“Organizations who continue to run Windows XP, software which cannot adequately detect and protect your information assets, and obsolete software, will make your systems easy targets for hackers and cyber criminals, as these systems will be hardest hit as the level of vulnerabilities and exploits are high and easily available.”
This is an extract from the for 2015 written by the Deon Olton, ICT/Cyber Security Consultant with Caribbean Cyber Security Centre.
Cyber security consultants at the Caribbean Cyber Security Centre predicted this level of cyberattacks two years ago based on the threat intelligence available in 2015. Furthermore, we stated that malware and special variants like ransomware will be on the rise across the globe in 2016 and beyond; hence there is no surprise of the recent news.
The business of cybercrime has matured into a billion dollar industry and has resulted in devastating effects. Ransomware or extortion-based attacks were rampant in 2016, and in 2017 we’re seeing an explosion of new variations. These new types of threats are more financially driven than ever before; therefore, increasingly widespread as the cybercrime community begins to monetize their nefarious activities.
So, what really is this thing called ransomware? Like any kind of ransom, a ransomware virus gains access to a computer system or computer systems and hides the data by way of using encryption technology, before demanding payment from the victim in order to return access to it. Also, just like viruses and other forms of malware, ransomware tends to be effective on systems by exploiting security flaws or vulnerabilities in software to gain access and, in some cases, control of the computer systems. Once the ransomware is launched, you will see a popup on your screen giving instructions on how much you pay as the ransom. There have been instances of ransom being paid and access was restored and I am sure there is an equal number of victims who paid and access was not restored.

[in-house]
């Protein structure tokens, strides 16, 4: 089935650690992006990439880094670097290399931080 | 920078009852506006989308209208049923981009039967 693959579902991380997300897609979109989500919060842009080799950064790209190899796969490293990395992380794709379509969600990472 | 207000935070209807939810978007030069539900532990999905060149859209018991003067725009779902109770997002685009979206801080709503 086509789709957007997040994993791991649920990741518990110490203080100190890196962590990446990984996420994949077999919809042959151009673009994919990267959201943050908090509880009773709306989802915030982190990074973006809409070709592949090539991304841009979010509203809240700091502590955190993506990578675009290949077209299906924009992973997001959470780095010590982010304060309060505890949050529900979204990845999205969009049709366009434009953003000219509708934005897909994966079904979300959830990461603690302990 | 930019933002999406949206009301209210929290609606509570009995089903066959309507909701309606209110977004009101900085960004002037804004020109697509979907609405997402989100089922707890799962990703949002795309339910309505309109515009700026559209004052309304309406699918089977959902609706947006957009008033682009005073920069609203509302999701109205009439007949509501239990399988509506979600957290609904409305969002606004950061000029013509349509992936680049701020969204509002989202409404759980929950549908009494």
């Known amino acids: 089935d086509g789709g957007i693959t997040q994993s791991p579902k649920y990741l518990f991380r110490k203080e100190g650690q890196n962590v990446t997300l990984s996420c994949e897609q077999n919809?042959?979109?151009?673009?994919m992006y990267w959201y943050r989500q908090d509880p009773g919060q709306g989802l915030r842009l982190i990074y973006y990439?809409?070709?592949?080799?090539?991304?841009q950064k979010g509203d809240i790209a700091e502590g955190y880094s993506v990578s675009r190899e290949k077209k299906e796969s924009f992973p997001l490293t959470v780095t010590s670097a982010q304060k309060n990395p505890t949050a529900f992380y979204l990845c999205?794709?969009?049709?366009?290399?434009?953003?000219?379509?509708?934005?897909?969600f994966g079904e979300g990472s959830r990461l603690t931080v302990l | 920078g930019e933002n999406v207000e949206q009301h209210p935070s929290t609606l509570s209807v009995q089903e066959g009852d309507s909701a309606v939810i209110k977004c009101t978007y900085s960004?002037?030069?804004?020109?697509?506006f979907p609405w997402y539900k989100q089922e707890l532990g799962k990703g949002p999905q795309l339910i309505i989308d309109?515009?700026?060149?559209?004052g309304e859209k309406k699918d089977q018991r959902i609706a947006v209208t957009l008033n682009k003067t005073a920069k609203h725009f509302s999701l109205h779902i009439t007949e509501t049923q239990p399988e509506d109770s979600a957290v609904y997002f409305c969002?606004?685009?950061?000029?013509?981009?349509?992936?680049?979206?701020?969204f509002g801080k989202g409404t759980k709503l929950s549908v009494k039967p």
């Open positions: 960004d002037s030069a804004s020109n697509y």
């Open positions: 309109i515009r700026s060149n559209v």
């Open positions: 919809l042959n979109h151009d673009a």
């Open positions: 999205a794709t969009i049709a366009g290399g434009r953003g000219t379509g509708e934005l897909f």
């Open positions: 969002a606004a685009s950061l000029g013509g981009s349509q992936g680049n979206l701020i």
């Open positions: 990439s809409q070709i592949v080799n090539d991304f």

The recent WannaCry ransomware attack is thought to be the largest coordinated cyberattack of its kind, impacting numerous organizations including several critical healthcare and telecommunications systems; sparing none in between. The massive spread of this ransomware has been made possible due to a security vulnerability in some Microsoft’s operating systems. The most highly vulnerable operating systems are Windows XP, Windows Server 2003 and Windows 8 as these are the operating systems for which Microsoft doesn’t provide mainstream support.
WannaCry targets these Microsoft operating systems where hackers take control of a computer and encrypt the data until the victim makes a payment in return. The hackers demands payments of US$300 to US$600 using Bitcoins because this type of currency ensures that the benefactors are anonymous which means victims will have no recourse if payments made don’t result in access to systems being granted. WannaCry has infected hundreds of thousands of endpoints spanning more than 150 countries due to its worm-like ability to propagate and spread to other systems. While Microsoft has released “patches” to fix a vulnerability that allows hackers to take control of systems using the WannaCry ransomware, these patches are only valid on licensed and updated software. This means that companies running obsolete, unsupported or unlicensed Microsoft software are not protected.